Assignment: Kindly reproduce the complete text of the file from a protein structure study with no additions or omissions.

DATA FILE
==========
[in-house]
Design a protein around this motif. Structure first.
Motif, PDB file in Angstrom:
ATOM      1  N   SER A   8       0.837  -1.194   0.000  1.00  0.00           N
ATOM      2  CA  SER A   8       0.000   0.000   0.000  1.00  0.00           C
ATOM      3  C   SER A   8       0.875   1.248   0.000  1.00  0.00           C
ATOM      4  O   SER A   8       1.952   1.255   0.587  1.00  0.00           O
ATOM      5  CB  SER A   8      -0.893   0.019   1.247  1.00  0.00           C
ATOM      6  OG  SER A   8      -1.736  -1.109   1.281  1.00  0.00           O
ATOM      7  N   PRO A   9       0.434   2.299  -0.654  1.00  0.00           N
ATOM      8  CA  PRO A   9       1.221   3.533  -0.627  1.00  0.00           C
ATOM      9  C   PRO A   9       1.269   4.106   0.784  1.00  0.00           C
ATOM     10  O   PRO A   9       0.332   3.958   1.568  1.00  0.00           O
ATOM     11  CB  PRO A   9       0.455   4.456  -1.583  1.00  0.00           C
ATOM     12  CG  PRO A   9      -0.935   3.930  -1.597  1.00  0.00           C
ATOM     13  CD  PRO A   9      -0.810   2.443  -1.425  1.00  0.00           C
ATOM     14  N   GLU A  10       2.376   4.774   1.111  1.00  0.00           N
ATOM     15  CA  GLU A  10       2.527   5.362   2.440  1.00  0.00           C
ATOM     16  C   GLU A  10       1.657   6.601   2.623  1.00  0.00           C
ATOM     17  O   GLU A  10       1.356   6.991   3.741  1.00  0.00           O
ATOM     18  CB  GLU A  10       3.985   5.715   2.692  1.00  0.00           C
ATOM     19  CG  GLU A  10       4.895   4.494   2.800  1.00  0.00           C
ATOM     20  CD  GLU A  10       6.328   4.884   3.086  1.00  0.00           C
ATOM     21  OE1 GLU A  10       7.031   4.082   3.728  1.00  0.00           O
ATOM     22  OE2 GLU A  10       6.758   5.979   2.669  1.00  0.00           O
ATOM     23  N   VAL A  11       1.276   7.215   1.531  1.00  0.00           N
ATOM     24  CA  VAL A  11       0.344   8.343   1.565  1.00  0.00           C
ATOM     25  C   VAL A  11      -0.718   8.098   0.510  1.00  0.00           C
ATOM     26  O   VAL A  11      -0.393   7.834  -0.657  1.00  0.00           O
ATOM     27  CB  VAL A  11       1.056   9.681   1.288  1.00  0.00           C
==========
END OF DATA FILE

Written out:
[in-house]
Design a protein around this motif. Structure first.
Motif, PDB file in Angstrom:
ATOM      1  N   SER A   8       0.837  -1.194   0.000  1.00  0.00           N
ATOM      2  CA  SER A   8       0.000   0.000   0.000  1.00  0.00           C
ATOM      3  C   SER A   8       0.875   1.248   0.000  1.00  0.00           C
ATOM      4  O   SER A   8       1.952   1.255   0.587  1.00  0.00           O
ATOM      5  CB  SER A   8      -0.893   0.019   1.247  1.00  0.00           C
ATOM      6  OG  SER A   8      -1.736  -1.109   1.281  1.00  0.00           O
ATOM      7  N   PRO A   9       0.434   2.299  -0.654  1.00  0.00           N
ATOM      8  CA  PRO A   9       1.221   3.533  -0.627  1.00  0.00           C
ATOM      9  C   PRO A   9       1.269   4.106   0.784  1.00  0.00           C
ATOM     10  O   PRO A   9       0.332   3.958   1.568  1.00  0.00           O
ATOM     11  CB  PRO A   9       0.455   4.456  -1.583  1.00  0.00           C
ATOM     12  CG  PRO A   9      -0.935   3.930  -1.597  1.00  0.00           C
ATOM     13  CD  PRO A   9      -0.810   2.443  -1.425  1.00  0.00           C
ATOM     14  N   GLU A  10       2.376   4.774   1.111  1.00  0.00           N
ATOM     15  CA  GLU A  10       2.527   5.362   2.440  1.00  0.00           C
ATOM     16  C   GLU A  10       1.657   6.601   2.623  1.00  0.00           C
ATOM     17  O   GLU A  10       1.356   6.991   3.741  1.00  0.00           O
ATOM     18  CB  GLU A  10       3.985   5.715   2.692  1.00  0.00           C
ATOM     19  CG  GLU A  10       4.895   4.494   2.800  1.00  0.00           C
ATOM     20  CD  GLU A  10       6.328   4.884   3.086  1.00  0.00           C
ATOM     21  OE1 GLU A  10       7.031   4.082   3.728  1.00  0.00           O
ATOM     22  OE2 GLU A  10       6.758   5.979   2.669  1.00  0.00           O
ATOM     23  N   VAL A  11       1.276   7.215   1.531  1.00  0.00           N
ATOM     24  CA  VAL A  11       0.344   8.343   1.565  1.00  0.00           C
ATOM     25  C   VAL A  11      -0.718   8.098   0.510  1.00  0.00           C
ATOM     26  O   VAL A  11      -0.393   7.834  -0.657  1.00  0.00           O
ATOM     27  CB  VAL A  11       1.056   9.681   1.288  1.00  0.00           C